The place of silence, which might be Peace – consider the Greek Eirene, so like Mother Mary – or Infinite Love – seeing Vishnu in one’s heart: this place is the perfect Jewel of the Soul. Or, if one is uncomfortable with spiritual image, this is where relaxation, genuine letting go, occurs. We build around this Jewel temples of protection, ambition, structure and illusion. It is the place within us that holds the most contradiction, as we will do anything to guard it and then exert equal effort to never visit it for more than a moment. If there is a center to Being, this faceted, blinding Jewel is the representation.

And here we enter a world necessarily beyond language, a world in which language itself is a poor symbol, an extended hand of mere gesture, a simplistic outline of meaning.

And yet, and yet.
For me it is more and more concrete, the Presence and then the Absence of soul, of peace, of love. Recently I spent a week in a madhouse. I went, simply, because the circumstances of my life, what I have done to myself, allowed others to do to me, has caused me to slip, fall, and the falling did not stop.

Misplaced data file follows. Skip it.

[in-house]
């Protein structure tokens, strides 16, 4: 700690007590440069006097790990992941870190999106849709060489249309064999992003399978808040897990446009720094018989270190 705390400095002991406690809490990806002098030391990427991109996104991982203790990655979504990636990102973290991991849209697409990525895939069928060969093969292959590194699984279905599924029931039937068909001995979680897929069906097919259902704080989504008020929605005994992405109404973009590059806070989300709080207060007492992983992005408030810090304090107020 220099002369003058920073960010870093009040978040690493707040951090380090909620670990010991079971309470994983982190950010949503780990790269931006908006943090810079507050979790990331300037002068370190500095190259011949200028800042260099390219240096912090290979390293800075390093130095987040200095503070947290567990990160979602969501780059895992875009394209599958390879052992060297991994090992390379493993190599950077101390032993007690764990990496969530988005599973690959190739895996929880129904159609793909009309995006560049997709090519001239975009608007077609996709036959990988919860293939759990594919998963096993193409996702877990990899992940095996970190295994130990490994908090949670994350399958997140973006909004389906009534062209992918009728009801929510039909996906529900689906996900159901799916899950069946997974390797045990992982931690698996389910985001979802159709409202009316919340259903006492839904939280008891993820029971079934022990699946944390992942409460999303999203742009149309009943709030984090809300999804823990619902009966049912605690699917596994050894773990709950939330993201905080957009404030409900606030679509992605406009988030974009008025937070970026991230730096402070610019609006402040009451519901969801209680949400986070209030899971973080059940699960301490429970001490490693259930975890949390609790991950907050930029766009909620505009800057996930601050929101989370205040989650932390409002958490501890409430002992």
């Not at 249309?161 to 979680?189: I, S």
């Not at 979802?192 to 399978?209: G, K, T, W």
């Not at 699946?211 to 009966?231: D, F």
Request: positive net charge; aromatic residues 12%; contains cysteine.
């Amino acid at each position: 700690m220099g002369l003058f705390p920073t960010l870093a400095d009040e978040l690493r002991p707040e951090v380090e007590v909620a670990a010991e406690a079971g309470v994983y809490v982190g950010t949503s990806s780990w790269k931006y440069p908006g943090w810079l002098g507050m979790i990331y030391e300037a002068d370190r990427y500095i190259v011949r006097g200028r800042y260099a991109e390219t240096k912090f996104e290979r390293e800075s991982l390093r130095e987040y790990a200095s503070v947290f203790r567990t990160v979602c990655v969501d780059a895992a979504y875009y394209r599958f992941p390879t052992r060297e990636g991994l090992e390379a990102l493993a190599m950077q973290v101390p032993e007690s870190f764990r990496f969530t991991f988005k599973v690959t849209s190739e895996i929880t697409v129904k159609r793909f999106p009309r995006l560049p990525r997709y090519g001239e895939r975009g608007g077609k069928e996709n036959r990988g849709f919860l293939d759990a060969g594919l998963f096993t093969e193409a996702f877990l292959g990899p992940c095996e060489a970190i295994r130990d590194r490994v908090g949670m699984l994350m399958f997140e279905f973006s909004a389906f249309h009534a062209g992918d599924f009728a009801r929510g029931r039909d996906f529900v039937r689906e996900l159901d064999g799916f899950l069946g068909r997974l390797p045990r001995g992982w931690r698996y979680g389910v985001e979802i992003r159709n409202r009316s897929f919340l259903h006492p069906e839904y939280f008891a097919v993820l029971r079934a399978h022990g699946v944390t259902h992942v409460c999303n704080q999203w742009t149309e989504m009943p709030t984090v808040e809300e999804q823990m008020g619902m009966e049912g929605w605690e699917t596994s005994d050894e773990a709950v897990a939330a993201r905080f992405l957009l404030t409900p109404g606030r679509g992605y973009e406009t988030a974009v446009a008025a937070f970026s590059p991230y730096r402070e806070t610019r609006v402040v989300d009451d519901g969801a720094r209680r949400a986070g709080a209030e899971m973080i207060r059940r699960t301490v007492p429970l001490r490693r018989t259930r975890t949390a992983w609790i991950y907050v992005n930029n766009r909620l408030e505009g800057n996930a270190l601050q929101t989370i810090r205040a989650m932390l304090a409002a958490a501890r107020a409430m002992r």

In the madhouse everyone was falling. And because humans have a need to love, to seek peace, we tried to catch one another. If one imagines the slapstick of Laurel and Hardy blended with Euripides’ brutal interpretation of murder and madness in Herakles, this is a fairly accurate portrayal of the comedic hopelessness of Bipolar-Major Depression-PTSD-Extremely Anxious humans attempting to connect.


Now I know.

Madness is the sacking of the Jewel.

Who does the sacking, and whether the Jewel can be replaced or if its absence is only an illusion is all a matter of interpretation, and, as one is in the middle of the mess, utterly irrelevant. What replaces the Soul when it’s gone is pain. A pain that is physical, existential, mental, in the body and out of body all at once and all the time. People who judge the suicidal have no sense of the pain that encompasses the Soul-less beings who are, quite simply, seeking relief from something so far gone it is indescribable.